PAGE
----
Pulmonary valve replacement may be done using open-heart surgery or minimally invasive methods, which involve smaller incisions than those used in open-heart surgery.
Minimally invasive pulmonary valve replacement
Minimally invasive pulmonary valve replacement helps reduce the number of open-heart surgeries over a person's lifetime. The most common type of minimally invasive pulmonary valve replacement is transcatheter pulmonary valve replacement, also called percutaneous pulmonary valve replacement.
In this type of pulmonary valve replacement, the surgeon inserts a thin, flexible tube (catheter) into a large blood vessel in the groin or chest and guides it to the heart. A replacement pulmonary valve goes through the catheter. A balloon on the tip of the catheter expands to press the new pulmonary valve into place.
A transcatheter procedure also may be used to insert a new pulmonary valve in a previously replaced valve that's now failing. This is called a valve-in-valve procedure.
After the procedure
After open-heart pulmonary valve repair or pulmonary valve replacement, you'll generally spend a day or more in the intensive care unit (ICU).
You'll be given fluids, nutrition and medications through intravenous (IV) lines. Other tubes will drain urine from your bladder and drain fluid and blood from your heart and chest. You may be given oxygen.
After the ICU, you'll be moved to a regular hospital room for a few days. The time you spend in the ICU and hospital can vary, depending on your condition and procedure.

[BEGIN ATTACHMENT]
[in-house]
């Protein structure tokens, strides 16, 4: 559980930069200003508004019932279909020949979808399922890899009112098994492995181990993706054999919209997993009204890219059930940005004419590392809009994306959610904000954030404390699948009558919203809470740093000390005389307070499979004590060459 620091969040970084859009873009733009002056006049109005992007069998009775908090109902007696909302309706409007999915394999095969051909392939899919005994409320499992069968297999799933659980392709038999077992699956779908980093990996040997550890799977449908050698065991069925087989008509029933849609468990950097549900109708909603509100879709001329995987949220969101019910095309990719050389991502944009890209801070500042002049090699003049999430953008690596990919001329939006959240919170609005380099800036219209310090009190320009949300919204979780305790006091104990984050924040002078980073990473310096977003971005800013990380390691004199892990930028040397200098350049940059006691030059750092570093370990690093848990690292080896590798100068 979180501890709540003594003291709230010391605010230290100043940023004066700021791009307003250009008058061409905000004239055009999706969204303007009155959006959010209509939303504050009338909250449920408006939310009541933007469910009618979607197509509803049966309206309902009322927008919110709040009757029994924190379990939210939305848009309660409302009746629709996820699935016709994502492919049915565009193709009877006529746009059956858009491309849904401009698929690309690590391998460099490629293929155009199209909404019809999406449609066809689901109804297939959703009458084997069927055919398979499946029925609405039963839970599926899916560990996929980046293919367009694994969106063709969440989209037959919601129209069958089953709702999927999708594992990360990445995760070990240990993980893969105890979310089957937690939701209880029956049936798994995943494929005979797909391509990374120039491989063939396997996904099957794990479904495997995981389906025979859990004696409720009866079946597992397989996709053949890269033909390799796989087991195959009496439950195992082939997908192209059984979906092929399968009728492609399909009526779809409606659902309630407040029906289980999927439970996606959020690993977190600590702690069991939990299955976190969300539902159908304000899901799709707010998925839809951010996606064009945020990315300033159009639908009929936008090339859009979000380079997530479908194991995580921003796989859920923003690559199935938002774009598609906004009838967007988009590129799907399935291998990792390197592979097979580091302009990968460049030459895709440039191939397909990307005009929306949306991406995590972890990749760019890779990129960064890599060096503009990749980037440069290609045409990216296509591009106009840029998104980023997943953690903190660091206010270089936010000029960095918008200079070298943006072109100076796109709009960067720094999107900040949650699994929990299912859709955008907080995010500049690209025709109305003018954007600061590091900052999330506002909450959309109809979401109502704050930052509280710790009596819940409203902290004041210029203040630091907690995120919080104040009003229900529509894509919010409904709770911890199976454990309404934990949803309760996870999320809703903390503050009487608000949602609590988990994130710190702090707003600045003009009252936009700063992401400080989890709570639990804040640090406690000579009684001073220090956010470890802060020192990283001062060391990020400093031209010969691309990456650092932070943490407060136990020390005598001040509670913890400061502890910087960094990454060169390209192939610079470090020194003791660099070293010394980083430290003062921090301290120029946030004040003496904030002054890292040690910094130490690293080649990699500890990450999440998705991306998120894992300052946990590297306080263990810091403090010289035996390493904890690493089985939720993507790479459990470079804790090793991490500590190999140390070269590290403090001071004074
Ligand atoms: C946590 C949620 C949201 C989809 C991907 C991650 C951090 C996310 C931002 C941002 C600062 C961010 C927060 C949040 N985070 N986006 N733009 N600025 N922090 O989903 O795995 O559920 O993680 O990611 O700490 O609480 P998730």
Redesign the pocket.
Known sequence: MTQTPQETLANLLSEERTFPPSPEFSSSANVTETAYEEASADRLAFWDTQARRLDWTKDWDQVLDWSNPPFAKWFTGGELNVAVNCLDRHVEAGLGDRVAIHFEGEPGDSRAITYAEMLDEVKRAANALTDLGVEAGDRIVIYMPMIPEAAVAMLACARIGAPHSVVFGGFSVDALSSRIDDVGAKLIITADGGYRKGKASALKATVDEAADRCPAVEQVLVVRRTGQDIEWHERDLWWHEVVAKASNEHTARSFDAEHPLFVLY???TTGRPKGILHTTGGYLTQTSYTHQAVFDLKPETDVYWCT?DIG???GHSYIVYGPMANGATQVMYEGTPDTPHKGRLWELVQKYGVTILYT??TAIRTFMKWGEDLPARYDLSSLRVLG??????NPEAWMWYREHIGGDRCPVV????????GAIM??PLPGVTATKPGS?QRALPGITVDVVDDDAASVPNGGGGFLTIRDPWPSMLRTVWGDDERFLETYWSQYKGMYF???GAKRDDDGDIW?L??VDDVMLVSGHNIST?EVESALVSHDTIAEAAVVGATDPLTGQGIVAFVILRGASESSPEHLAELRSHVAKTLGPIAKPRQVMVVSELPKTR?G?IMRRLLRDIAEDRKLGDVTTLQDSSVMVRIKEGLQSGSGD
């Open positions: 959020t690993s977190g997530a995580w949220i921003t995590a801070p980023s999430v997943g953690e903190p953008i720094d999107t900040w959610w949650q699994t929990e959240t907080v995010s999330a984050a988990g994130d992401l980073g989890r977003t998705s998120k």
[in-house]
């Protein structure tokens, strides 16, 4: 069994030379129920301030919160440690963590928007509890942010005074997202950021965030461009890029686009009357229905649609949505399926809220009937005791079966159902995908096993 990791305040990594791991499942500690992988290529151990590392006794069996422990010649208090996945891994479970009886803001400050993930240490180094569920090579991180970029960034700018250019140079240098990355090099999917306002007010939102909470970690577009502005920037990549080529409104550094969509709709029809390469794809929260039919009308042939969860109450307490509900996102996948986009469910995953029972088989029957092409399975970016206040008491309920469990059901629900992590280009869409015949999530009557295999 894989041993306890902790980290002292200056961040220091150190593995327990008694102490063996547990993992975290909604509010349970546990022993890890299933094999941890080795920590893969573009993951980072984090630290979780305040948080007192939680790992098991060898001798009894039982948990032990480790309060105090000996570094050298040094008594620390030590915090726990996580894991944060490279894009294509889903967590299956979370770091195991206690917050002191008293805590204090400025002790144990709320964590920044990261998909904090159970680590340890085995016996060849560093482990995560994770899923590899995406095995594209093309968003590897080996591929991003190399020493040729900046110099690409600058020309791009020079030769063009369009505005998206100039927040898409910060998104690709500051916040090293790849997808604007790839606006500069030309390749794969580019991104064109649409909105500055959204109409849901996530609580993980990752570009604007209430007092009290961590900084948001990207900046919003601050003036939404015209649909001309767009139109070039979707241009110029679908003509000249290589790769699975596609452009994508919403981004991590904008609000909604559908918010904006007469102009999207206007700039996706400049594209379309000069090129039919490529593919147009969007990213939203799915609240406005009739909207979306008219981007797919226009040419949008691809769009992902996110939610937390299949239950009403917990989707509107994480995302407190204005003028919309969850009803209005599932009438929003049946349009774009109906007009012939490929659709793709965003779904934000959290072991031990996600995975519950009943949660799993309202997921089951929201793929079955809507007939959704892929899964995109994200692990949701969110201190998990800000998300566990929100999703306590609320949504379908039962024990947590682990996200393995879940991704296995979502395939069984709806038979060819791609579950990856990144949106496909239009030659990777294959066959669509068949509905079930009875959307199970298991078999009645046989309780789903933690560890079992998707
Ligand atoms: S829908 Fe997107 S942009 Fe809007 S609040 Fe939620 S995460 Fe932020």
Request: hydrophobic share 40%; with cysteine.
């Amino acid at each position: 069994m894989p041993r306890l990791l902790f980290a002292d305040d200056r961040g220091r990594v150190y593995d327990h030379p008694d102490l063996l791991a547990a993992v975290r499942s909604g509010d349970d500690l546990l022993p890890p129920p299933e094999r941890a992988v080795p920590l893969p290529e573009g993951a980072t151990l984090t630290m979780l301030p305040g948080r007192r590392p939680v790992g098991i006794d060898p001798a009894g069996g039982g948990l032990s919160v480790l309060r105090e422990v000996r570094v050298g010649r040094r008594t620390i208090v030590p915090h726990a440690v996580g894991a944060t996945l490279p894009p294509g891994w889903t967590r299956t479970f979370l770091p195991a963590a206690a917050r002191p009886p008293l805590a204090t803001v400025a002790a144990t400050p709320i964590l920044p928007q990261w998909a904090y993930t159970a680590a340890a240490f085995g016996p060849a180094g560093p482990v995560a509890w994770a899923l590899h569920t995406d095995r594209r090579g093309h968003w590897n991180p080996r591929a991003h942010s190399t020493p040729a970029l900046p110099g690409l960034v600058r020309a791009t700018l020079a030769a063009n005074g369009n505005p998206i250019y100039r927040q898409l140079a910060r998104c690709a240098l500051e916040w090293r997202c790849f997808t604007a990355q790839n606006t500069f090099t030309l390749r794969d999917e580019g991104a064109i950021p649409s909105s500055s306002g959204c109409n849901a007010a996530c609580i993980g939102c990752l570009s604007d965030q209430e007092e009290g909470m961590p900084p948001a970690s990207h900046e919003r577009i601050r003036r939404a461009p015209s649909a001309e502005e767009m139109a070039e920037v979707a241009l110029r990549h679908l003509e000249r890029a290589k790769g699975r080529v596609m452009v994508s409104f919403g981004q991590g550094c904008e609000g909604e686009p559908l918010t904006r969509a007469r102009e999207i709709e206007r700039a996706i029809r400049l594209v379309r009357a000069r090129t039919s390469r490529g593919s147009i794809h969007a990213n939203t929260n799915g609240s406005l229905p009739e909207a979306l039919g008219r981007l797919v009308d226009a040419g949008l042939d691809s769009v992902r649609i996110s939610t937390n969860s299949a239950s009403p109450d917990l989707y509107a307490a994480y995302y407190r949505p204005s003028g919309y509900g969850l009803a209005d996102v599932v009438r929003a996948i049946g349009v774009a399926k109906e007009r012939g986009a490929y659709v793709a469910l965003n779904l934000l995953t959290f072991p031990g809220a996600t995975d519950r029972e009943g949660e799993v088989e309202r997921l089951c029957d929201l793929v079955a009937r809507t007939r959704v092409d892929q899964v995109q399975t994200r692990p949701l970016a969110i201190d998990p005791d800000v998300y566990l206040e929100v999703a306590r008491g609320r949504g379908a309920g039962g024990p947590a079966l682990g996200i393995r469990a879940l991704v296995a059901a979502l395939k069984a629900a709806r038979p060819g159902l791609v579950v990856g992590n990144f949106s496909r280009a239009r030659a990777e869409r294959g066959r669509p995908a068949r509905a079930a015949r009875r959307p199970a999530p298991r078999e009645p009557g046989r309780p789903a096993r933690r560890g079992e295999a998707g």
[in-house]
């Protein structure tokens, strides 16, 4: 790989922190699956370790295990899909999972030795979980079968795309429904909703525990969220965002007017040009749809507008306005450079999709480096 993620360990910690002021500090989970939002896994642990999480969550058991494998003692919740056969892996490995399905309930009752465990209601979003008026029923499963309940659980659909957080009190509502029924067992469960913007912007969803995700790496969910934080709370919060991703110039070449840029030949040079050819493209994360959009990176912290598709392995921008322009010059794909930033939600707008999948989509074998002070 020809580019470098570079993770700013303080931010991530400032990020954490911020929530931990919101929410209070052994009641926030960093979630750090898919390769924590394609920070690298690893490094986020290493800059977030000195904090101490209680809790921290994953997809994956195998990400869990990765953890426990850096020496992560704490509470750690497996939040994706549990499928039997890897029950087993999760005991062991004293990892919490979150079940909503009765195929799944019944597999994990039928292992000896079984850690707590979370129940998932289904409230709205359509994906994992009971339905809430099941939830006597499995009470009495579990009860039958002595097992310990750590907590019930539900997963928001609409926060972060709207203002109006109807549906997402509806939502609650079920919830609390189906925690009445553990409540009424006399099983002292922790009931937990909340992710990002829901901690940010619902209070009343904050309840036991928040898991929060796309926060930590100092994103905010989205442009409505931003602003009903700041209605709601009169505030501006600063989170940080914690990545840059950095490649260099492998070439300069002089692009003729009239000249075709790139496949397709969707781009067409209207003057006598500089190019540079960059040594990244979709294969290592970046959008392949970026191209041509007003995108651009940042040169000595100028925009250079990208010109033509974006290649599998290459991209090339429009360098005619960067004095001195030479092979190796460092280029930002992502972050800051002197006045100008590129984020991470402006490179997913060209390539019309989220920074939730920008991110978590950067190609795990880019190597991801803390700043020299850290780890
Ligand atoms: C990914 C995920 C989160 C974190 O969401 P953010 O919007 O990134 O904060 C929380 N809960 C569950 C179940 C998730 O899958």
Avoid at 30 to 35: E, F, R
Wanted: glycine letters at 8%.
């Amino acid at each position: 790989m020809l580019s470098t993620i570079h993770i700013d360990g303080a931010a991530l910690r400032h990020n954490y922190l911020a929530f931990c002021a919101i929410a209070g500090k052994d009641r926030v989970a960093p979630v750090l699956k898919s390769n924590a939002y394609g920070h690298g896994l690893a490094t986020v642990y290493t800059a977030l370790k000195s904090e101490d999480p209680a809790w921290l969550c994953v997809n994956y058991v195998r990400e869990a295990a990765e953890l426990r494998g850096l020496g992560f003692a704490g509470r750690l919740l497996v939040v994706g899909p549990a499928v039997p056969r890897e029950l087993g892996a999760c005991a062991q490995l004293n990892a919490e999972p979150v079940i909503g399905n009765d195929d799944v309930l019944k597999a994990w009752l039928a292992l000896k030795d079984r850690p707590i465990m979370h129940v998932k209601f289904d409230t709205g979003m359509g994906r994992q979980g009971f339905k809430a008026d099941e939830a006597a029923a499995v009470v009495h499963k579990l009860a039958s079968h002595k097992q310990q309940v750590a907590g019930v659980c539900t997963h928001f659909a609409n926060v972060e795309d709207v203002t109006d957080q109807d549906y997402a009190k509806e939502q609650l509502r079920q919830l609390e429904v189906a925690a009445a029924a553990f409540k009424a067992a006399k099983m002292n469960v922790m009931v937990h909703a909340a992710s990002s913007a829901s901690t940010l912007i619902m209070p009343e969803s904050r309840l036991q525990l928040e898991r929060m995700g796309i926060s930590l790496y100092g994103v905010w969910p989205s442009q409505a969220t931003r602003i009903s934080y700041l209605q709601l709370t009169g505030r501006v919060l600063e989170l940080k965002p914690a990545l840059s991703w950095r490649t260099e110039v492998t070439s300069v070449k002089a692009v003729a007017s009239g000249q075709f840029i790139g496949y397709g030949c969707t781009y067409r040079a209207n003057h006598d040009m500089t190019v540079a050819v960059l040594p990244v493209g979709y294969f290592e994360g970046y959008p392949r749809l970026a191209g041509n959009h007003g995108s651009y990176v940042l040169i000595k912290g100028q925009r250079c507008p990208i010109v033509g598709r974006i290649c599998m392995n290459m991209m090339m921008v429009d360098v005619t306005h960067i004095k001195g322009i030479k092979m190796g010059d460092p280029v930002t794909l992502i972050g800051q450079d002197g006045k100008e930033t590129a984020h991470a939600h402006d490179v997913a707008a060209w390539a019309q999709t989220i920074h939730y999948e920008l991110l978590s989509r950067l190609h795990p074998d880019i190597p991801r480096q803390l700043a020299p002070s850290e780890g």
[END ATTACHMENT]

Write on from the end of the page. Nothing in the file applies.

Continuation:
During your hospital stay, your treatment team will:
- Watch for signs of infection in your incision sites
- Periodically check your blood pressure, breathing and heart rate
- Work with you to manage any pain you have after surgery
- Instruct you to walk regularly to gradually increase your activity and do breathing exercises as you recover
You'll receive instructions to follow during your recovery, such as watching for signs of infection in your incisions, properly caring for incisions, taking medications, and managing pain and other side effects after your surgery.
Recovery time depends on the specific procedure, your overall health before the procedure and any complications.
After pulmonary valve repair or pulmonary valve replacement surgery, your health care provider will tell you when you can return to daily activities, such as working, driving and exercise.
You'll need regular health checkups to monitor your heart condition and to check for complications, such as valve failure. Imaging tests may be done to make sure the pulmonary valve is working correctly.
After heart valve surgery, it's important to follow a heart-healthy lifestyle. Your health care provider may recommend these lifestyle changes:
- Getting regular exercise
- Controlling weight
- Eating a healthy diet
- Managing stress
- Not smoking
Your care provider may also suggest participating in a program of education and exercise — called cardiac rehabilitation — to improve your overall health and help you recover after pulmonary valve surgery.
The results of pulmonary valve repair and replacement depend largely on the skill and expertise of the surgeons and medical center. If you need pulmonary valve repair or replacement, consider being treated at a medical center with a multidisciplinary team of heart surgeons and care providers trained and experienced in heart valve surgery.